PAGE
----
Paul Rudd, Jennifer Aniston, Malin Akerman, Alan Alda, David Wain, Justin Theroux, Ray Liotta
David Wain, Ken Marino
11-minute featurette called Journeys that features extended interviews
Paul Rudd has an incredible knack for finding himself in "almost" films.
Almost box-office successes.
Almost "on the mark."
This may be why Rudd finds himself "almost" a star, a respected actor with undeniable talent who continues to dwell on the B-list largely because of the material he chooses time and time again.
If the problem is his agent, he needs to find himself a new one. If he's the problem, then it's time for some serious cinematic soul searching.
Wanderlust is Rudd's latest "almost" film, a film that is occasionally laugh out loud funny but also a film that frequently misses the mark and by midway through the film has wimped out before truly leaving its mark. Rudd stars alongside Jennifer Aniston, another "almost" performer but to an even lesser degree, as a married couple whose materialistic lives comes screeching to a halt when Rudd's George finds himself downsized in corporate America. As a result, he and his filmmaker wife, Linda 9 (Aniston), lose their studio apartment and are forced to take shelter with George's ego-driven brother. Eventually, they land at nature's doorstep, also known as Elysium, an intentional community of seemingly free-spirited individuals where both responsibility and clothing are optional.
Wanderlust may very well be a sister film to co-writer/director David Wain's Wet Hot American Summer, which could certainly be considered a greater critical success and enjoys quite the cult following. Rudd has made three films now with Wain, and the two obviously have been able to tap into each other's comic vibe. The problem with Wanderlust doesn't feel like it comes from Wain or Rudd, but likely from studio interference that may result in Wain's biggest commercial success but will also come with obvious compromise of artistic integrity.
There are moments, especially in the film's first half, where Wanderlust feels like pure Wain with both raunchy and hilarious results. Despite the raunch, there's a spirit in Wanderlust that's a joy to experience and watching spirit and sensuality intertwine is quite fun. This also feels like it could be a sister performance for Aniston to her off-kilter and bawdier turn in Horrible Bosses, though rumor has had it that her boyfriend, and Wanderlust co-star Justin Theroux, requested that she nix her more revealing scenes in the film. That said, Wanderlust again shows us a naughtier, more spirited Aniston that features a more relaxed and appealing Aniston.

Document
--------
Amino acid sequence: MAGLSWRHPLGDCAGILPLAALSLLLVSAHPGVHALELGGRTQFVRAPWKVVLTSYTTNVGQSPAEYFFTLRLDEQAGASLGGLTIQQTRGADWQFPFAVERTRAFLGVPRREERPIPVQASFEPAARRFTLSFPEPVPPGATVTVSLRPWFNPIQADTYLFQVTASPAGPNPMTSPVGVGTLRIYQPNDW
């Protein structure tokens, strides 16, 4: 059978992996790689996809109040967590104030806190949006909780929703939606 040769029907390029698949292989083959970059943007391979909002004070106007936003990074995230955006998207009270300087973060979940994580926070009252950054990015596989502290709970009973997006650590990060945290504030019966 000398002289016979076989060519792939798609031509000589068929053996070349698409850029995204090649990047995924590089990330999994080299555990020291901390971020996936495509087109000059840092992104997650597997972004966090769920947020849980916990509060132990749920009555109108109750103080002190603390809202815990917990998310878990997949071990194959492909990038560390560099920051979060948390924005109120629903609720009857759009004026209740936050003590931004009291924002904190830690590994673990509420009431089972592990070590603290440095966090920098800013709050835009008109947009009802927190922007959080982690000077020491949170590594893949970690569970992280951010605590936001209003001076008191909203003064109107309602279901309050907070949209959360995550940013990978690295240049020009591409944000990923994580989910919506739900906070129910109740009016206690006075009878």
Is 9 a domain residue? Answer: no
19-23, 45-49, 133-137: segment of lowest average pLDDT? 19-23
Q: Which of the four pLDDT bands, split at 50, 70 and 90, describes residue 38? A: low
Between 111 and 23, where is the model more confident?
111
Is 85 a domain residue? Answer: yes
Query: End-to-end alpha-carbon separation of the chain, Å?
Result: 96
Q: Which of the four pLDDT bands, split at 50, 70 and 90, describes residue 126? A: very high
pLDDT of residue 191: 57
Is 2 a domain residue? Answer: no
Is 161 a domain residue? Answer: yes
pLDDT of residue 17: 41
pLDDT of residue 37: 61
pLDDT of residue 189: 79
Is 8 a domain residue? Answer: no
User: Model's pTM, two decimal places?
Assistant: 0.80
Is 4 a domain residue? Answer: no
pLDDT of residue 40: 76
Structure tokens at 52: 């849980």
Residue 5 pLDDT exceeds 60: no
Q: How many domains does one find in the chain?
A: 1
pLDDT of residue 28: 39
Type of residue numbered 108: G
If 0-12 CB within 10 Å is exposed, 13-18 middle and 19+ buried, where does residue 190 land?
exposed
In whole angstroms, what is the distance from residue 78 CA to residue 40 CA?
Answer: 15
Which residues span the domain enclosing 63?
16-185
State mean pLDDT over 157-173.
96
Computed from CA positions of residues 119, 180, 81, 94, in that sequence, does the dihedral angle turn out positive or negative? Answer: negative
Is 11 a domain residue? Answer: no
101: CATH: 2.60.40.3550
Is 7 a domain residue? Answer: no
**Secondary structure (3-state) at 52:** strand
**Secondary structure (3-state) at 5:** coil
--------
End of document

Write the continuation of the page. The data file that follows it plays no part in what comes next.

Paul Rudd is good here, and occasionally very good, but was far more successful in last year's Our Idiot Brother, an underrated gem that deserved a much greater audience than it ever found. The two films share a certain spiritual connection, but Our Idiot Brother remained faithful to its mission while Wanderlust detours into a sort of free love free-for-all that is raunchier but less funny and much less interesting to watch unfold. It's only the strength of Rudd, Aniston and Theroux that helps to sell the film when it feels like the soul of the film has been compromised.
Theroux may actually be best served by his appearance here, going off in a direction we haven't seen much from him and doing so quite successfully. Aniston is also quite good, but this is a role that seems tailor made for that Aniston weaving together of spirited woman and "girl next door" that she pulls off so effortlessly.
Wanderlust is a decent film, and I doubt that Rudd, Aniston or Wain fans will be disappointed by the effort. But, the simple truth is that the film is yet another "almost" film for everyone involved. When it comes to spending your hard-earned cash at the theatre, let's face it, "almost" isn't good enough.
© Written by Richard Propes
The Independent Critic